Those little things

When Henry Fraser jumped into the sea while on holiday, he hit a sand bank underwater and became paralysed. Aged just 17 at the time, he could never have known that his life would end up better than he could have ever imagined. Editor Melissa Holmes spoke to Henry to learn more… 

Picture of Henry Fraser painting a brown highland cow onto a black background. Henry holds the paint brush with his mouth.

Ten years ago, in April 2014, Henry Fraser took to the stage to share his story. He’d spent six months working on his first talk; writing the script, trying to memorise his words. “Public speaking terrified me,” admits Henry. “I hated being the one everyone was looking at.” 

But when he came off stage, Henry’s life would never be the same again. Someone saw a recording of that talk, which led to an agent approaching Henry to write a book. That became his memoir The Little Big Things, which led to a musical based on Henry’s life. 

“It really spiralled,” he smiles. “If I’d said no to that first talk, none of this would be happening.” 

Of course, his first motivational talk on stage wasn’t Henry’s only life-changing experience. Becoming a wheelchair user after an accident on a post-exams holiday with his mates was the reason he was giving that speech in the first place.   


“There’s nothing about my accident or my disability that makes me feel down or upset. Other things annoy me – like accessibility, the usual. But I’ve driven so hard for this positive attitude,” says Henry calmly.

“None of this happened overnight: “It took me 13 months to accept what had happened. There was a lot of physical, mental hard work to get to that point. But that point was the start of adapting, moving on and living. Staying in that fight for the outcome to be a whole lifetime of happiness was worth it, I’d say.” 

Henry told me about the unending support from his family and friends, his incredible physiotherapist, the hours spent doing rep after rep and difficult breathing exercises to be able to propel his wheelchair himself and get off his ventilator. “The person I am now and the person I was before the accident are two vastly different people,” he shares. “To my core, I’m the same person. But the way I’ve decided to live my life is completely different.”   


Being vulnerable, sharing his emotions and practising gratitude have all helped Henry become the resilient person he is today. “When my parents and brothers first came to see me after my accident, it was a wildly emotional moment. We all cried, we were all in pieces. I’m so happy we did that,” he recalls. “As brothers from a fairly macho household, we’d never done that before. To let that all go was huge for us.” 

Henry had the same experience when he first saw his reflection after his accident. “I lost it,” he says. “I properly broke hard – again. I’m glad I did because it allowed me to let that go and not hold it.”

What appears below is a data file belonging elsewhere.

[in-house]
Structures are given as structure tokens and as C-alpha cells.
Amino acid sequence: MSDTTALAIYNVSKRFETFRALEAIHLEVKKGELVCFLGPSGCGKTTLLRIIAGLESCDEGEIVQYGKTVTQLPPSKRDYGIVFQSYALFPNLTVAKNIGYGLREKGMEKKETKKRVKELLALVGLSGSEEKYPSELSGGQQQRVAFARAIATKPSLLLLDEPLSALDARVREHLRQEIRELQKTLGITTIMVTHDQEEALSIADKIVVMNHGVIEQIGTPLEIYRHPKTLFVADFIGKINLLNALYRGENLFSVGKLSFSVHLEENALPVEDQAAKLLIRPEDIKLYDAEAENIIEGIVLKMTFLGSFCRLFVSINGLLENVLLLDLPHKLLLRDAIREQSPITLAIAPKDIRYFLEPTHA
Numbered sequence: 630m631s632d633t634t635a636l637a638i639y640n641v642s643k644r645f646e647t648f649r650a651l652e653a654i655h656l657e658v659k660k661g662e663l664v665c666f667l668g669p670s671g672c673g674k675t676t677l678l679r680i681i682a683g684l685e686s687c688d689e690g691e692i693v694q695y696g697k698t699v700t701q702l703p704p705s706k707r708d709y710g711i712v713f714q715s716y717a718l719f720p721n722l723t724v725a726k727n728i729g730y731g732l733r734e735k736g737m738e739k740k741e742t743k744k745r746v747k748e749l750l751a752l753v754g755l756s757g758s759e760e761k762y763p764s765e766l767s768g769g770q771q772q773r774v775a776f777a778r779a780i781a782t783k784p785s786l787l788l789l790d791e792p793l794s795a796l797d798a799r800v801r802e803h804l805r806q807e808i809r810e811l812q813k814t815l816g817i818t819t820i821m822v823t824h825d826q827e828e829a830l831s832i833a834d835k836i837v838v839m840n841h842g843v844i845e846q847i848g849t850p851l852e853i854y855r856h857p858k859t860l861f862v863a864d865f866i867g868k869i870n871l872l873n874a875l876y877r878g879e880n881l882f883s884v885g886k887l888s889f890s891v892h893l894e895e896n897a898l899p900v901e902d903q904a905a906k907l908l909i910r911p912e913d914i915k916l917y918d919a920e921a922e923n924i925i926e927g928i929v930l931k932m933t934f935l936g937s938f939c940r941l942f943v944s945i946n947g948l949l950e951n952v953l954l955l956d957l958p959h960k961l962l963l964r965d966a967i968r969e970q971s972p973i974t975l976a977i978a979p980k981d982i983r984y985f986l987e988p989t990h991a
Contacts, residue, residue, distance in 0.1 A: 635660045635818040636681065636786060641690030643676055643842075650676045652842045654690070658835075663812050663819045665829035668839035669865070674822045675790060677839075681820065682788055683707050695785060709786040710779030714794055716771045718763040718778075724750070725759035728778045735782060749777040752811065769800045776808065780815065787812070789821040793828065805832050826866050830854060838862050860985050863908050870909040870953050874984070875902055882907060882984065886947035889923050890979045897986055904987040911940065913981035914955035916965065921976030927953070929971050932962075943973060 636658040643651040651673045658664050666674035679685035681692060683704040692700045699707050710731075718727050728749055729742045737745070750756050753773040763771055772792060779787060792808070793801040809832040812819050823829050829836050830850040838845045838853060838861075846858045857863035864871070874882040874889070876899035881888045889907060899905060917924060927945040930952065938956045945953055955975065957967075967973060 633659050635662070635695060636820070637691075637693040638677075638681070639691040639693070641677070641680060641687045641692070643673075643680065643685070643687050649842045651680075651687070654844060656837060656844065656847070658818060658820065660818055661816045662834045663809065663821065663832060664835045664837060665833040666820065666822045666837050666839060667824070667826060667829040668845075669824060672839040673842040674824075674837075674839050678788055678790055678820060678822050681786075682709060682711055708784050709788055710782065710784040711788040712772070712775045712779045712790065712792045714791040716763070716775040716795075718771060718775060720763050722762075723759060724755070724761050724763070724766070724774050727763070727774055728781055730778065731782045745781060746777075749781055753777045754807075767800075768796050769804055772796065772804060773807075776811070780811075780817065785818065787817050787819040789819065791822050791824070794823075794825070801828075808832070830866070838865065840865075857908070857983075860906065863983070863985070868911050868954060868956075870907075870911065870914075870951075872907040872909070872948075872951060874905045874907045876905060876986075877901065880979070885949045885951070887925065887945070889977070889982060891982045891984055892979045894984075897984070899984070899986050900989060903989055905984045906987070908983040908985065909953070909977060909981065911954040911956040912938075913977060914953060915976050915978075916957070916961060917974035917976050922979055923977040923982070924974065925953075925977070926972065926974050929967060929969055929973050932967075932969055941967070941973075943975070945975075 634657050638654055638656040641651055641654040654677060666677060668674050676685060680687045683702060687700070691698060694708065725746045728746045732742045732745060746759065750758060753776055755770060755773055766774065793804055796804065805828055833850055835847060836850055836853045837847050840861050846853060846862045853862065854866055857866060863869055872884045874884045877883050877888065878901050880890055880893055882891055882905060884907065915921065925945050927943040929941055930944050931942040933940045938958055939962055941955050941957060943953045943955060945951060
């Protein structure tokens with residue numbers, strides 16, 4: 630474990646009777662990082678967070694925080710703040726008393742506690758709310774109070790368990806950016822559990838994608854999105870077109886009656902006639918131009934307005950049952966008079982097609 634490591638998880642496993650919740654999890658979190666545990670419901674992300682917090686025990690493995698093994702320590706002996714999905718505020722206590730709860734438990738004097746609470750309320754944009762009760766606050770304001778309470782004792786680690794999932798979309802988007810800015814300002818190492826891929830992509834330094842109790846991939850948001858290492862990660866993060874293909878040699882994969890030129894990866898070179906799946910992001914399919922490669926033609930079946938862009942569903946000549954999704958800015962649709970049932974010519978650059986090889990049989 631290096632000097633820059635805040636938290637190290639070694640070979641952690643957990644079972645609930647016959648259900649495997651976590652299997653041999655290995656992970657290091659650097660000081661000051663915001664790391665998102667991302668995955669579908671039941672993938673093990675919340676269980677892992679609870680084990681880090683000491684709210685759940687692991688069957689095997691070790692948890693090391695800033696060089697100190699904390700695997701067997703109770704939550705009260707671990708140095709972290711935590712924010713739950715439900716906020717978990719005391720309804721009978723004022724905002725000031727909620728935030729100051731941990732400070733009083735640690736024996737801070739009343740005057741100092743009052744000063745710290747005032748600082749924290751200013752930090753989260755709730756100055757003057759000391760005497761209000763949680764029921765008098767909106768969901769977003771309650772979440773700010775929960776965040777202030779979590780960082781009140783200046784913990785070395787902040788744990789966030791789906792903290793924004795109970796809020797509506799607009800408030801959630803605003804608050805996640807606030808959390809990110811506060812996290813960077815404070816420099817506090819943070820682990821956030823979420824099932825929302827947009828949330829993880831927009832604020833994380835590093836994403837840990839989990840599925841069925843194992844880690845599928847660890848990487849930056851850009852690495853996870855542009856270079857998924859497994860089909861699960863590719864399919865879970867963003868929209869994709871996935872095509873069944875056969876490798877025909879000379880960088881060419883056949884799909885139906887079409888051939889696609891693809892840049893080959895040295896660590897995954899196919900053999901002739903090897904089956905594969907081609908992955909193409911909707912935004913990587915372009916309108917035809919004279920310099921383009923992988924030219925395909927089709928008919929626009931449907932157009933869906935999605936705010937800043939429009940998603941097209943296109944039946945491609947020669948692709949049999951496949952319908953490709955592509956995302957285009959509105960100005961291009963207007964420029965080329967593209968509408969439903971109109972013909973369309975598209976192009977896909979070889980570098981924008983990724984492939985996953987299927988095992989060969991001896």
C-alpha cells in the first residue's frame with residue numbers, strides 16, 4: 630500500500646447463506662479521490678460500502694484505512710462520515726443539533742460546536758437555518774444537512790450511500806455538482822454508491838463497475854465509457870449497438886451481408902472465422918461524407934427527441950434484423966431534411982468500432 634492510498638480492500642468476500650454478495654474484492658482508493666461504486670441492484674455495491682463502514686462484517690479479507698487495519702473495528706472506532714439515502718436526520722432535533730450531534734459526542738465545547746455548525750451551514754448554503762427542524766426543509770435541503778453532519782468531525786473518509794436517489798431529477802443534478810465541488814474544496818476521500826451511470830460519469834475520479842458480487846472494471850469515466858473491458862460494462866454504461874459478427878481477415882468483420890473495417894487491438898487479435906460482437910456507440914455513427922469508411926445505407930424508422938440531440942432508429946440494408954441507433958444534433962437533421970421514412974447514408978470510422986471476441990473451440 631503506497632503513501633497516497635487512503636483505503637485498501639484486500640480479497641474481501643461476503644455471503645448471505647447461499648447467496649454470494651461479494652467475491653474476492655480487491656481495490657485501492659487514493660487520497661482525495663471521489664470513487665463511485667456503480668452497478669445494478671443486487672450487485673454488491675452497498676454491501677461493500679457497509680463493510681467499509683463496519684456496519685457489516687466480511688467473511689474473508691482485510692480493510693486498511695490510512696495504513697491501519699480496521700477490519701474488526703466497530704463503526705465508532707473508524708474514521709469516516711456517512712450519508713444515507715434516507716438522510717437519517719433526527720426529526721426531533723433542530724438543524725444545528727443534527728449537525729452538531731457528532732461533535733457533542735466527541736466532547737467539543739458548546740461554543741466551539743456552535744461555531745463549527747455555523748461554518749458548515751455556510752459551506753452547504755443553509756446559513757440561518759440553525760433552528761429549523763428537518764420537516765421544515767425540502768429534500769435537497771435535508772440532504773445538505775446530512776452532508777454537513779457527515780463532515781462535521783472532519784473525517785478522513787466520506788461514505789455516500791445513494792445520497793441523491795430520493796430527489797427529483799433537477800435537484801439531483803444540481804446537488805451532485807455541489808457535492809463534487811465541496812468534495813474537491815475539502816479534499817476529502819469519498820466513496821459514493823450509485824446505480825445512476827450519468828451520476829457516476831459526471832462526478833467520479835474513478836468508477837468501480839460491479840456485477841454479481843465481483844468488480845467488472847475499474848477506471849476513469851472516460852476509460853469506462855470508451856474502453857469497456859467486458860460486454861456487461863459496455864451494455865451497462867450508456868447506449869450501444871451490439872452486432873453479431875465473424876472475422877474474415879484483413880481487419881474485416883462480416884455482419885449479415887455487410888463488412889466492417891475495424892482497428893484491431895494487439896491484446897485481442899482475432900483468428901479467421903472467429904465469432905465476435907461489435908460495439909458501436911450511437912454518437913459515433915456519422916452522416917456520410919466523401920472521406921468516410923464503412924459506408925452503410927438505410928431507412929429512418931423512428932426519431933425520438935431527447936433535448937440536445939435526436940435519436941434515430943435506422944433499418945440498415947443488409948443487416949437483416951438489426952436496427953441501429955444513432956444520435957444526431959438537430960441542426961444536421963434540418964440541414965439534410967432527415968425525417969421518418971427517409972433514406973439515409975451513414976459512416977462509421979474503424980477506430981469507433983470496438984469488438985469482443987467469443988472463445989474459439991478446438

For a young man, Henry knows himself well. He told me that his baseline of happiness is simple: little things like looking out of the window and seeing nature, having a cup of tea, or re-watching a TV show. “You realise those little things that make you feel happy are everywhere, every single day. We become numb to them because they’re so abundant in our day-to-day lives.”   

Picture of Henry Fraser smiling at the camera from the waist up. Henry sits in his wheelchair and wears denim jeans, a white T-shirt and green jacket. The background is out focus but there is an easel with one of Henry's paintings on it.
Henry Fraser


Spending time on bedrest due to a pressure sore would bore most people to tears, but Henry found a way to make it positive. Propped up with a couple of pillows, he put a stylus in his mouth and started sketching on his iPad. “It was super basic, very linear,” he explains. “I wouldn’t even call it a sketch, to be honest.” 

The iPad led to pencils which led to paint and, after sharing his work online and hours and hours of practice, Henry is now a renowned mouth-painting artist. “I love being at  my easel,” he says. “The other side of my life is being in front of people and sharing my story, so my easel is my comfort zone.”   


Writing his book pushed Henry well out of that sanctuary. “Normally I’m a man of very few words,” he admits. “In the book, I was really honest about how I was feeling, how bad things were – especially physically, because there were many touch and go moments early on. That’s what people have resonated with deeply: the honesty.” 

After the memoir’s release, Henry received messages from strangers. “They’d talk about tough times they’d been through, like divorce, loss of a  family member, drink or drug issues,” he reveals. “Most of them didn’t want a reply, they just wanted someone to say it to. It’s an insane privilege to be able to be there for people.” 

That book eventually became a musical. The Little Big Things ended its run at Soho Place in March, and Henry says: “The cast is incredible, the writing, the music, everything about it is just awesome. It was very special.” 

Having a musical written about him is something Henry is glad he said yes to. Always attuned to himself, he told me: “Without everything I’ve been through, I wouldn’t have had these opportunities. There’s nothing about my life, my work, anything I do now that’s anything I could’ve dreamt of before.”  


Find out more about Henry’s work at Henry’s next solo exhibition is at The Grove Hotel, Watford on 14 and 15 September, from 10am to 5.30pm both days. Entry is free.

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